By  Mary Hearty

The Phase I clinical trial of an mRNA HIV vaccine antigen is set to commence in Rwanda and South Africa at the Center for Family Health Research (CFHR) and the Aurum Institute respectively.

The clinical trial (also known as IAVI G003) comes after a clinical trial (IAVI G001) done in healthy US adults showed that vaccination with the HIV immunogen induced the targeted immune response in almost all the recipients.

Developed by scientific teams at the International AIDS Vaccine Initiative (IAVI) and Scripps Research, then delivered through Moderna mRNA platform, the HIV vaccine antigen induce similar immune responses in African populations as was seen for IAVI G001, according to the scientists.

“The road to an HIV vaccine has been long and winding. mRNA technology has the potential to accelerate the development of a safe, effective, affordable, and durable HIV vaccine for use throughout the world,” said Mark Feinberg, president and CEO of IAVI.

“IAVI G003 harnesses Moderna’s proven mRNA vaccine technology, a novel HIV vaccine approach developed over many years by IAVI and Scripps Research, and more than two decades of collaboration with scientific centers of excellence in sub-Saharan Africa, supported by USAID. Together, we aim to answer critical research questions that can advance HIV vaccine development that increasingly involves leadership by scientists in countries where a vaccine is needed most.”

The trial which builds on progress in HIV vaccine research is made possible with support from the American people through the U.S. President’s Emergency Plan for AIDS Relief (PEPFAR) through the United States Agency for International Development (USAID). Additional support is provided by the Bill & Melinda Gates Foundation through grants to Moderna and to the Collaboration for AIDS Vaccine Discovery (CAVD) Vaccine Immunology Statistical Center (VISC).

“With our mRNA technology and IAVI’s discovery and development expertise, we are looking forward to advancing a novel approach to overcome some of the longstanding hurdles to developing a protective HIV vaccine. Moreover, we are grateful for the opportunity to work in partnership with researchers and scientists from communities heavily burdened by HIV,” said Stéphane Bancel, CEO of Moderna.

“Moderna’s HIV vaccine development program, together with our portfolio of COVID-19, Zika, and Nipah programs, advances 4 of the 15 priority vaccine programs we committed to develop by 2025, targeting infectious diseases that threaten global health.”

Trial sites are expected to enroll a combined total of 18 healthy, HIV-negative adult volunteers for IAVI G003 in Africa. All participants will receive two doses of the HIV antigen, which contains a portion of the viral sequence and cannot cause an infection with HIV.

The study which is open-label has neither blinding nor randomization, and all participants will receive the intervention.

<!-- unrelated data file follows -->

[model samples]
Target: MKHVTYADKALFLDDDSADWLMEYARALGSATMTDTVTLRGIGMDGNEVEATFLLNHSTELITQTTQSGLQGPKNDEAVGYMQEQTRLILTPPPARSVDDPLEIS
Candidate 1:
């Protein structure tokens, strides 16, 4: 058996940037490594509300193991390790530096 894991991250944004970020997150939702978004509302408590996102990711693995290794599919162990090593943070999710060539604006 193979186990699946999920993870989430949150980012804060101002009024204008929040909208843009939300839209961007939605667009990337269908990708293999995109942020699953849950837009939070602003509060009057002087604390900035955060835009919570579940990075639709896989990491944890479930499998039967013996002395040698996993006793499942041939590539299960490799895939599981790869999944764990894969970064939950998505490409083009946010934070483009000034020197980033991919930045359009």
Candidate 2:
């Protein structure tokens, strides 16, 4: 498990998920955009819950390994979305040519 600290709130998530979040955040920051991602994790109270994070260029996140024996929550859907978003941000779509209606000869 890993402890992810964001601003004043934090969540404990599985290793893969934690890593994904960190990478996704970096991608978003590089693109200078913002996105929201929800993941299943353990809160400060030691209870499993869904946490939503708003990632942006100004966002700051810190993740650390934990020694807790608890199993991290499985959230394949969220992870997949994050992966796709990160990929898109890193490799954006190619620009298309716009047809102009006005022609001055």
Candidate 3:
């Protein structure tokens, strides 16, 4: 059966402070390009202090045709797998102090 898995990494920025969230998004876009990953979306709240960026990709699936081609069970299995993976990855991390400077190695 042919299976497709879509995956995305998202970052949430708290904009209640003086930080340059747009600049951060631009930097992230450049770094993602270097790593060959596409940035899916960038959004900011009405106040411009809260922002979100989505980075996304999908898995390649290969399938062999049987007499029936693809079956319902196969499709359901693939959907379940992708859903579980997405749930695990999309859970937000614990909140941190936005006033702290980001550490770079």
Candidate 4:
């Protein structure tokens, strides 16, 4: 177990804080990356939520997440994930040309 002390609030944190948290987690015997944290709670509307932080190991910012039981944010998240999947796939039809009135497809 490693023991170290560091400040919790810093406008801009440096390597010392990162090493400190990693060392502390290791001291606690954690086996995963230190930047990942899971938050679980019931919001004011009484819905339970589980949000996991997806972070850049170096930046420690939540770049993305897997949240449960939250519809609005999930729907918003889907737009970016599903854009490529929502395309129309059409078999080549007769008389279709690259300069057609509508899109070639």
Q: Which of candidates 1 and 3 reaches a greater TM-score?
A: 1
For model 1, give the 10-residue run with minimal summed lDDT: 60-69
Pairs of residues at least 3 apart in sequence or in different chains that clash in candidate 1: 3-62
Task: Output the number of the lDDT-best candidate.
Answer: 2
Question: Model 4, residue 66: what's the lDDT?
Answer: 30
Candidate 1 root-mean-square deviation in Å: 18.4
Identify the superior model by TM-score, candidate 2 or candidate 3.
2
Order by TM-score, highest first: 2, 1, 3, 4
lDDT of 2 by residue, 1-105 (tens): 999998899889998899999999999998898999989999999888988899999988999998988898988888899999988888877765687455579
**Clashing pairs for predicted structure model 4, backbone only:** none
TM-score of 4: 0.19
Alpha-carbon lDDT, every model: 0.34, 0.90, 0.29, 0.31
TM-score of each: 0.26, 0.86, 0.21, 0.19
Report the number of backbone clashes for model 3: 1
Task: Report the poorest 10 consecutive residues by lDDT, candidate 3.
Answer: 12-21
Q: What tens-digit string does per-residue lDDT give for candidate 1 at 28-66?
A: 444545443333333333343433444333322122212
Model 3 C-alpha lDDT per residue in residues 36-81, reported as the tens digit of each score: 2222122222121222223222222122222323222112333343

Enrolled participants will be monitored for safety for six months after receipt of the last dose, and their immune responses will be examined in molecular detail to evaluate whether the targeted responses will be achieved. The primary trial endpoints are safety and immunogenicity, defined as the ability of a substance to elicit an immune response.

Trial endpoint analysis for IAVI G003 is expected to be completed primarily by scientists at the KAVI-Institute for Clinical Research (KAVI-ICR) in Nairobi, Kenya; the Kenya Medical Research Institute-Centre for Geographic Medicine Research-Coast (KEMRI-CGMRC) in Kilifi, Kenya; and in part by scientists at the CAVD-Central Services Facility; IAVI’s Neutralizing Antibody Center (IAVI NAC) at Scripps Research, in La Jolla, California; and the VISC.

“I think this is a revolutionary approach to HIV vaccine design and development, and I am hopeful that we are on the path to finally realizing an HIV vaccine,” Etienne Karita, director of CFHR said.

“This is the first time we are evaluating an mRNA-delivered HIV immunogen in Africa with African scientists and researchers at the helm, building on our longstanding partnerships with USAID and IAVI.”

Vinodh Edward, CEO of Aurum South Africa said Aurum has a long history of being involved in vaccine trials, and we have significantly expanded our footprint and scientific capacity in South Africa over the last 15 years in partnership with IAVI and USAID.

“It is exciting for us to be applying that capacity to testing a next-generation HIV vaccine antigen using mRNA. We’ve seen the impact mRNA technology has had on COVID-19, and we look forward to seeing how it can potentially impact HIV,” Edward added.

“IAVI G003 is more than just a clinical trial. This is a first-of-its-kind collaboration to advance emerging science and a new generation of African scientists who are taking HIV vaccine development into the future. USAID is proud to support this historic effort,” Margaret McCluskey, senior technical advisor for HIV vaccine research at USAID stated.

The HIV antigen was originally developed as a protein by William Schief, professor at Scripps Research and executive director of vaccine design at IAVI’s Neutralizing Antibody Center (IAVI NAC), and collaborators.